Indian Health Service The Federal Health Program for American Indians and Alaska Natives
Injuries are the leading cause of death for American Indians and Alaska Natives from ages 1-44 years, and the third leading cause of death overall. Unintentional injury mortality rates for Indian people are approximately 2.5 times higher than the combined all-U.S. races rate (IHS, Trends in Indian Health 2002-2003). However, this disparity varies by IHS regional Area and by cause of injury (CDC, Atlas of Injury Mortality Among American Indian and Alaska Native Children and Youth, 2005).
Effective community-based injury prevention initiatives use multiple strategies to reduce and prevent injuries and fatalities. The IHS Injury Prevention Program promotes building the capacity of Tribes and communities by increasing understanding about the injury problem, sharing effective solutions, and assisting communities in implementing programs. As a result of these efforts, unintentional injury deaths to American Indian and Alaska Native people, while still high, decreased by 58% between 1973 and 2003. Some of the successful initiatives that IHS employs include:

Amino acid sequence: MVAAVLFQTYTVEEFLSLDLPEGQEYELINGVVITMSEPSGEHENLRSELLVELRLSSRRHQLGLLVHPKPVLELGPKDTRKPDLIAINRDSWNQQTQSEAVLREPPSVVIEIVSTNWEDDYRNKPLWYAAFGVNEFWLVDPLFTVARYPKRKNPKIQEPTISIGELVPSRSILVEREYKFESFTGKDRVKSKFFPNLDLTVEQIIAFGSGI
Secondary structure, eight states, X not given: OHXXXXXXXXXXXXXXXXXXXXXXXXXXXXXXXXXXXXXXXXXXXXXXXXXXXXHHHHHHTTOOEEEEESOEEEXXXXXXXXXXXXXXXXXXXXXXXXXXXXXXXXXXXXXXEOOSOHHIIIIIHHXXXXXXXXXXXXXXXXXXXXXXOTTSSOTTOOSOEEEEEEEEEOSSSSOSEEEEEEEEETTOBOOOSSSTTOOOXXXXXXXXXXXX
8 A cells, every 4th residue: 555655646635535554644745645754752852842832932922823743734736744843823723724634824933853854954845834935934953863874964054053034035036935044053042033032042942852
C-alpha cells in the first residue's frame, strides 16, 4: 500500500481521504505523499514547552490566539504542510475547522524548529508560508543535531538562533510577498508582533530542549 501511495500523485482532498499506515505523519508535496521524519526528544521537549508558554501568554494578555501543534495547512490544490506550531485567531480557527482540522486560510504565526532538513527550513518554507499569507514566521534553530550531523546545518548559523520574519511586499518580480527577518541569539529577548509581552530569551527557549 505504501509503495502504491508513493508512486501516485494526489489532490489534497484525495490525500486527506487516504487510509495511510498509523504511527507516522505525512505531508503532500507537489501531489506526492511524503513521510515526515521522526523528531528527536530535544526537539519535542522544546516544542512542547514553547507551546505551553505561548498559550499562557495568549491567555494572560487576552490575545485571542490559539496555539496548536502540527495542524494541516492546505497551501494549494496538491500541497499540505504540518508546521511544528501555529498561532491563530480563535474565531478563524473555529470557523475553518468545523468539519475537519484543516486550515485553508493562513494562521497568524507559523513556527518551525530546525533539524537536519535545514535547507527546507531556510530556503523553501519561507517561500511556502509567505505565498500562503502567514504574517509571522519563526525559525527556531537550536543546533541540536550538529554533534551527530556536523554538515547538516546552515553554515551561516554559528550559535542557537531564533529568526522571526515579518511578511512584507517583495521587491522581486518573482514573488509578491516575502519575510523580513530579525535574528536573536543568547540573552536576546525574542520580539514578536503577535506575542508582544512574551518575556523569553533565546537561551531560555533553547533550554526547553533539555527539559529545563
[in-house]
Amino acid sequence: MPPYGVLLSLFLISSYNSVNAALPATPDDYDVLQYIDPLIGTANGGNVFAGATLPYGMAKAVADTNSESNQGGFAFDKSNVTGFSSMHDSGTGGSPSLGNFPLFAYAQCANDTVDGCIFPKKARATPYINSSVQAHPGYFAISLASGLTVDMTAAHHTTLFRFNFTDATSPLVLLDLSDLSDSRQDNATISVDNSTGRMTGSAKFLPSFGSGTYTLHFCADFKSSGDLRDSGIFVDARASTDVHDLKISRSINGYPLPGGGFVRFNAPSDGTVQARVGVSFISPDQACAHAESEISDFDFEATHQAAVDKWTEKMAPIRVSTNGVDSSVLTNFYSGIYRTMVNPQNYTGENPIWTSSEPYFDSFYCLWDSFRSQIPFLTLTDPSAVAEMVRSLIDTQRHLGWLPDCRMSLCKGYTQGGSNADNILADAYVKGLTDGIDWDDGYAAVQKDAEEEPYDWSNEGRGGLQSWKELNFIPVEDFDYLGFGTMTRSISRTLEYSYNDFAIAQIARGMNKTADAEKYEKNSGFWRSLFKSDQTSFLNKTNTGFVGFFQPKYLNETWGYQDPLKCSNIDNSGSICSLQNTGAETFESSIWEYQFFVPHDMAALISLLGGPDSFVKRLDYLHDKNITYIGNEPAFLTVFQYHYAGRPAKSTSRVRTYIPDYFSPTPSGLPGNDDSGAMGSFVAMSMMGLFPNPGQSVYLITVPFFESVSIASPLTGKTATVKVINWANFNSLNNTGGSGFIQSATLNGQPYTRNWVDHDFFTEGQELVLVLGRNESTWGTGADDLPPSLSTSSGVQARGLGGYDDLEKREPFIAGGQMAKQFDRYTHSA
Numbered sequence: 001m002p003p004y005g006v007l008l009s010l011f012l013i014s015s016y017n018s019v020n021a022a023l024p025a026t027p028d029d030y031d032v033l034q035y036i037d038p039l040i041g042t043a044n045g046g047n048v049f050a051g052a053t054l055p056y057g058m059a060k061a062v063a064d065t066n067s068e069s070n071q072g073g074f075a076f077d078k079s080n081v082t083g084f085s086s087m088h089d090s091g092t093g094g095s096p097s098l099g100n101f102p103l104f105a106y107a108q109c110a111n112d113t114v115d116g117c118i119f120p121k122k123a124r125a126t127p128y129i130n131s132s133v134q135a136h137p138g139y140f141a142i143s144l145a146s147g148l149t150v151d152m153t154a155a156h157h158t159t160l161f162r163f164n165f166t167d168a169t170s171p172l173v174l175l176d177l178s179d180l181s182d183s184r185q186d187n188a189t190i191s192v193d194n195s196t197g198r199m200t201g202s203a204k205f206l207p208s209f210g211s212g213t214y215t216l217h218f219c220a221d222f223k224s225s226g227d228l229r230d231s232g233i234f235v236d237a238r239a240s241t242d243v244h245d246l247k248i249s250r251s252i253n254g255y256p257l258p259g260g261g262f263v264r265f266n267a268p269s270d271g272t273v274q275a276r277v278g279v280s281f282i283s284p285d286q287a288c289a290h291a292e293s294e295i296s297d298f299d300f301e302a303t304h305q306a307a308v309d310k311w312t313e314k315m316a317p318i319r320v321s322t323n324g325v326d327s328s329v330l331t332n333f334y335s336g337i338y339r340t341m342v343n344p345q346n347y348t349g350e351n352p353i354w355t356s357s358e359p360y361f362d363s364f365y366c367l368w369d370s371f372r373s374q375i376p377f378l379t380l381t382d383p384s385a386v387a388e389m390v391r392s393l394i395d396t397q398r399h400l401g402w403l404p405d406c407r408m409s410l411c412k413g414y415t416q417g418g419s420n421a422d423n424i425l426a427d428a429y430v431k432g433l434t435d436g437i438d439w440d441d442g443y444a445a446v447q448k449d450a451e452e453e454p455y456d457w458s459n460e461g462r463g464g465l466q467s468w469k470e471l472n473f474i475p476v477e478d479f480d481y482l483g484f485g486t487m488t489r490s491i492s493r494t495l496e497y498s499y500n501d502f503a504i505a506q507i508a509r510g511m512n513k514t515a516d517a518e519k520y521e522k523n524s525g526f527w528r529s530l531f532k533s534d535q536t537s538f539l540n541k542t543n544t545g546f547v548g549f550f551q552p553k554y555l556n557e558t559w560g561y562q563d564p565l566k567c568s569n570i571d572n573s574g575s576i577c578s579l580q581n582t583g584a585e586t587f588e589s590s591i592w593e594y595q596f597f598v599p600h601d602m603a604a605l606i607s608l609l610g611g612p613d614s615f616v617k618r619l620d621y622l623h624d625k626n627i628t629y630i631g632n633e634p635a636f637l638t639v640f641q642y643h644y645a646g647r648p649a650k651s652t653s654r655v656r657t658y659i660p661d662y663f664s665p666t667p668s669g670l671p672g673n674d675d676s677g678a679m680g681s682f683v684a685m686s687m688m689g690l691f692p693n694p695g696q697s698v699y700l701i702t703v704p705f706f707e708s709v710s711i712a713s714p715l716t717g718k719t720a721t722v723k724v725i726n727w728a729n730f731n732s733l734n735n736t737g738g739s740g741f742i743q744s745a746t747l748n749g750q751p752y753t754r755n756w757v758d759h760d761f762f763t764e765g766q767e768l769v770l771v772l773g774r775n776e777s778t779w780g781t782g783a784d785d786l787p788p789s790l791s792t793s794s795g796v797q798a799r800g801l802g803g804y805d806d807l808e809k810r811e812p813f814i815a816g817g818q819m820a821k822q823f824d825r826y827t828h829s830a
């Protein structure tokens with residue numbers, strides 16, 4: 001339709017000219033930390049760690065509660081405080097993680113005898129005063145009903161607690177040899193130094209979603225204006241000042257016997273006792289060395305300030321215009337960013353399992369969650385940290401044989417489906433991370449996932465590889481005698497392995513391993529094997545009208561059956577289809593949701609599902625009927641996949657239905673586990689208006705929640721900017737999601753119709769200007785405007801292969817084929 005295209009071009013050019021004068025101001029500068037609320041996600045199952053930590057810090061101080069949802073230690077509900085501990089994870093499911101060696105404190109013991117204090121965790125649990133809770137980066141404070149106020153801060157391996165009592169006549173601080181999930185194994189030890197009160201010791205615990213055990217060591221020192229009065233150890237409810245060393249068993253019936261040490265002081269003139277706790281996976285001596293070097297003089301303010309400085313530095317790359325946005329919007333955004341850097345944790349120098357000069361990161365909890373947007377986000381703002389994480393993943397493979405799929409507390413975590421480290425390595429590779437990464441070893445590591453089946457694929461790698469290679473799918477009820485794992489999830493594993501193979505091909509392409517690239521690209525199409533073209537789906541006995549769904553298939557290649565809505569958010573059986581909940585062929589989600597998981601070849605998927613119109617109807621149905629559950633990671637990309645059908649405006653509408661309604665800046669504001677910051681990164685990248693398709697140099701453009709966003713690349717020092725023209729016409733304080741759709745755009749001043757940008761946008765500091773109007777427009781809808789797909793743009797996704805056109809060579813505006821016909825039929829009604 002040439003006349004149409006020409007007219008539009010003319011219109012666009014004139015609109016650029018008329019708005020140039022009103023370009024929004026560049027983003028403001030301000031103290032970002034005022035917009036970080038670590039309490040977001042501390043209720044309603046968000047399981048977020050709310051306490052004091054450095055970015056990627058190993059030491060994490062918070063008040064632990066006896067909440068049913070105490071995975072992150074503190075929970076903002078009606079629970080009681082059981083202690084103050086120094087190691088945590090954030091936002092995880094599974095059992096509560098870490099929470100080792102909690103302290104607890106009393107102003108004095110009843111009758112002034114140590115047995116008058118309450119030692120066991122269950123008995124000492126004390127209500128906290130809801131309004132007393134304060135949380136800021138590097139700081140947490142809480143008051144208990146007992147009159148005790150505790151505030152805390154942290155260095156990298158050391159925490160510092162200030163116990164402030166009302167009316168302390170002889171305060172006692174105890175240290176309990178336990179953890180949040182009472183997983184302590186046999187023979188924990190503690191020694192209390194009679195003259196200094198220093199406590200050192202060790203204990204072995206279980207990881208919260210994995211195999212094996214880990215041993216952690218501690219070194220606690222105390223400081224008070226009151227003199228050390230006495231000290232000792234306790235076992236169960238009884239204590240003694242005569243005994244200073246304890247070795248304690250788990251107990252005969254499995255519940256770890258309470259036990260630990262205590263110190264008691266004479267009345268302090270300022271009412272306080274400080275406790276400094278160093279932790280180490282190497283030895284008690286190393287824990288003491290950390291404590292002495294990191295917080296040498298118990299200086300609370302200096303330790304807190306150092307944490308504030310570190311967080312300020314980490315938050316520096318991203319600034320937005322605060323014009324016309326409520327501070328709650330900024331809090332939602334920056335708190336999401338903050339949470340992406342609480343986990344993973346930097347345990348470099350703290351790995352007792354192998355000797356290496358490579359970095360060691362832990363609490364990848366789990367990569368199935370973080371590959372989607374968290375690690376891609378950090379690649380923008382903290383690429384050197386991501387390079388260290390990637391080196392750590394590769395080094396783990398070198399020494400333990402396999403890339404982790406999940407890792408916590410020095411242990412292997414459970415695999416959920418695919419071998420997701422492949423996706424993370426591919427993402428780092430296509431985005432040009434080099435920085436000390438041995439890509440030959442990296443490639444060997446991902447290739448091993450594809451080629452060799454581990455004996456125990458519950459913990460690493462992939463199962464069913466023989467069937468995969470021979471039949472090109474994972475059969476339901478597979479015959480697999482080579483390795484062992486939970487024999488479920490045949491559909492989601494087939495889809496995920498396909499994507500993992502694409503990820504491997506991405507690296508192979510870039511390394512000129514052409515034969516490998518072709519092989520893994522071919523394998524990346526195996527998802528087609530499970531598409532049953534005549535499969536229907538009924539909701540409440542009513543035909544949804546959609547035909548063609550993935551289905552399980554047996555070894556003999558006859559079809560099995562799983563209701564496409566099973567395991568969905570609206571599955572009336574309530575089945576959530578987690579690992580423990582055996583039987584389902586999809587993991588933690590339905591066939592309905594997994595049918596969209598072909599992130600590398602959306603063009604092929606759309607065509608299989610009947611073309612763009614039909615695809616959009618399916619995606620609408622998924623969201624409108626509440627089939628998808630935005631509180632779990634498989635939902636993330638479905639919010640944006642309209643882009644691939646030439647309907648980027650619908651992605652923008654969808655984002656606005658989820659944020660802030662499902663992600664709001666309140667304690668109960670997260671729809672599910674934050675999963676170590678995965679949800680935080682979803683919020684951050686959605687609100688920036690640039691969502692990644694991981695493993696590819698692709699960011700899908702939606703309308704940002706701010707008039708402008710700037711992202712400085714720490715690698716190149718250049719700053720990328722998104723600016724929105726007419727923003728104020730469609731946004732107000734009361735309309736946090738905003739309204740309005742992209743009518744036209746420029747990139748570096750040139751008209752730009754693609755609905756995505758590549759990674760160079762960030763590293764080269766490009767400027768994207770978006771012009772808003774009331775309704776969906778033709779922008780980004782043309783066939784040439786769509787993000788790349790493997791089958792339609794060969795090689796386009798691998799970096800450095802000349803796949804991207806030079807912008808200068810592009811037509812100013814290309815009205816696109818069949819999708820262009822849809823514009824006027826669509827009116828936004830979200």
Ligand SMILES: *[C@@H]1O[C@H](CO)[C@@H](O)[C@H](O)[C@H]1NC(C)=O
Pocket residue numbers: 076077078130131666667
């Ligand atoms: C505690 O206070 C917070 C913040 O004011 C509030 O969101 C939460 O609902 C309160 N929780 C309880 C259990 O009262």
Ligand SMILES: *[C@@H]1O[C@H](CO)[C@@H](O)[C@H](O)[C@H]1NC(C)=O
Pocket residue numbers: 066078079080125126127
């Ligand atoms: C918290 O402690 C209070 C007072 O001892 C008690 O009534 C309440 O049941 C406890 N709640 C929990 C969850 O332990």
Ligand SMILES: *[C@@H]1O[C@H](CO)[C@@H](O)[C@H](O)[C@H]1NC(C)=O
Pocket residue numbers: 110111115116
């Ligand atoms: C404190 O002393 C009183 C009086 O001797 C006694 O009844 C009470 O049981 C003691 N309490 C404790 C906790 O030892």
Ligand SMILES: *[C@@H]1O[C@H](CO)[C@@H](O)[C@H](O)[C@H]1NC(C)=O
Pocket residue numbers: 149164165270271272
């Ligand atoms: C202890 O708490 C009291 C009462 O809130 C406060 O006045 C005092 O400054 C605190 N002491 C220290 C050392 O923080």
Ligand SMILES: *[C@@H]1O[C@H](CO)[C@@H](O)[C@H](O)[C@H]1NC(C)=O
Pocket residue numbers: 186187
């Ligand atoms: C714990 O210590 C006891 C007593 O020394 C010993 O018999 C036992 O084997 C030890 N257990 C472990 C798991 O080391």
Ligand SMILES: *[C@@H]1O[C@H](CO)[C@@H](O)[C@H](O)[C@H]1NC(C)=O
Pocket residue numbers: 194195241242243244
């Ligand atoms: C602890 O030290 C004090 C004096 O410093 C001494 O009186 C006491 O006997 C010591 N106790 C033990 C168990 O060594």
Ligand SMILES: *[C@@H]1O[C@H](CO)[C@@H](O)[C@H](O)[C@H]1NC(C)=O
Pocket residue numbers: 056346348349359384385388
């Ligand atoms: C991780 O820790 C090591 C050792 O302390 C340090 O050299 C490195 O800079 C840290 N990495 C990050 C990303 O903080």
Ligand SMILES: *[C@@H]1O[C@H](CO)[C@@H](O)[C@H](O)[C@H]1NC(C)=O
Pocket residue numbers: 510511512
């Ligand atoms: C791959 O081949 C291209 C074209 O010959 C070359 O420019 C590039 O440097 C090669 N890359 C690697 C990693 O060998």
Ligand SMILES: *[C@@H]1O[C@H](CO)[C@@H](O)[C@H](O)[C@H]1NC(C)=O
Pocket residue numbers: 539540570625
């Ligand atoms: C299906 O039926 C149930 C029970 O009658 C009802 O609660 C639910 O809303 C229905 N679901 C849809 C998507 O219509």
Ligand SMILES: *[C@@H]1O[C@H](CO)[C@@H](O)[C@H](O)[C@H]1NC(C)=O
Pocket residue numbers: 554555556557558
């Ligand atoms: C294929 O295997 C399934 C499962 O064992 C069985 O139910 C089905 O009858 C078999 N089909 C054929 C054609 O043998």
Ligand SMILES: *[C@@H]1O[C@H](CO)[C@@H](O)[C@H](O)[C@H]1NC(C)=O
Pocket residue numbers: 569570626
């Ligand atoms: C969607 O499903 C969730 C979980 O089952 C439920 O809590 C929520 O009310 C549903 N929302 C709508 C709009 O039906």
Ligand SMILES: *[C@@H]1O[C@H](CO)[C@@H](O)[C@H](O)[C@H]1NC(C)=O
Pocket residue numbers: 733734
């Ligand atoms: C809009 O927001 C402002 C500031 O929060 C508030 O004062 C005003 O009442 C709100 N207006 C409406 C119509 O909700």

- Tribal Injury Prevention Cooperative Agreement Program (TIPCAP)
- Ride Safe (targets motor vehicle related injuries to children ages 3-5 years)
- Sleep Safe (targets fire and burn injuries to children ages 3-5 years)
- Training Programs and Fellowships
Training programs include:
- Introduction to Injury Prevention
- Intermediate Injury Prevention
- Advanced Injury Prevention
- Safe Native American Passengers (SNAP)
- Injury Prevention Specialist Fellowship
Learn more about the IHS Injury Prevention Program.